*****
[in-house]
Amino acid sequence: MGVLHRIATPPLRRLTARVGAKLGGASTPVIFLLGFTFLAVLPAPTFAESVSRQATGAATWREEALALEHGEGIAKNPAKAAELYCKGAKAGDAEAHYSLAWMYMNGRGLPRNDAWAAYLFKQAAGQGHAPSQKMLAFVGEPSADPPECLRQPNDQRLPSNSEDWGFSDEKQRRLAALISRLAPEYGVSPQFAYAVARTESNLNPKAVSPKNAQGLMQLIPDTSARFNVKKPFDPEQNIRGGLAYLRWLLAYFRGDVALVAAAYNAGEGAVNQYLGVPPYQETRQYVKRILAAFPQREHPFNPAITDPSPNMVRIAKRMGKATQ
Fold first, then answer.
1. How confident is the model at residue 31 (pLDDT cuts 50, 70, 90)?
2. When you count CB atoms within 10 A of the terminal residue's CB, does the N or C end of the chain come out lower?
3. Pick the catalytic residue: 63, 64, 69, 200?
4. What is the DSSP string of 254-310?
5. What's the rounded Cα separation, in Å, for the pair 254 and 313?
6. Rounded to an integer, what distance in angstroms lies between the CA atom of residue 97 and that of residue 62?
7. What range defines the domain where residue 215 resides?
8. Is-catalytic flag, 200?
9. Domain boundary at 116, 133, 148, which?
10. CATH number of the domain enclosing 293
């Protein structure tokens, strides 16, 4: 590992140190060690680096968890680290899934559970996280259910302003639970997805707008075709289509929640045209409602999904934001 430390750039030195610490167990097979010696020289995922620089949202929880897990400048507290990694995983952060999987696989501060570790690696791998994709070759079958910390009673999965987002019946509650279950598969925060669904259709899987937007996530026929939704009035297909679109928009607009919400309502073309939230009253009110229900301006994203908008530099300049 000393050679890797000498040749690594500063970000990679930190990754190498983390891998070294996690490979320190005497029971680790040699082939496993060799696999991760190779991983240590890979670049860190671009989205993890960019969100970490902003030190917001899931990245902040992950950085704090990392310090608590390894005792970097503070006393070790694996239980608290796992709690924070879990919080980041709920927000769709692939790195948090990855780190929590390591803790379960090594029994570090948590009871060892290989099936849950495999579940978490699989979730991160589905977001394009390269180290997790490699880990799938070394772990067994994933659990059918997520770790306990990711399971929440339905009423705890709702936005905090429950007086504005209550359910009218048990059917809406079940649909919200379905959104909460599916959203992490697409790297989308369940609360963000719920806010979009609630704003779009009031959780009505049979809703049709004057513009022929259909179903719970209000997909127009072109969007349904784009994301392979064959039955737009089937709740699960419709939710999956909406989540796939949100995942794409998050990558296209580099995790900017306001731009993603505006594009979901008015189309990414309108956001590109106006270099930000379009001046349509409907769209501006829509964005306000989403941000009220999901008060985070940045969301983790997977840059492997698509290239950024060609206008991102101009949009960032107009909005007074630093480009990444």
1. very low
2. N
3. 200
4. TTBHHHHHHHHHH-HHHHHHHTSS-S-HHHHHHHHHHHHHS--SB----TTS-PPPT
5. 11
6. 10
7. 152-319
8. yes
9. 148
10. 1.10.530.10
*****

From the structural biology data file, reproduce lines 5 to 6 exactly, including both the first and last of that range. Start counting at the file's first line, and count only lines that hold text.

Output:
2. When you count CB atoms within 10 A of the terminal residue's CB, does the N or C end of the chain come out lower?
3. Pick the catalytic residue: 63, 64, 69, 200?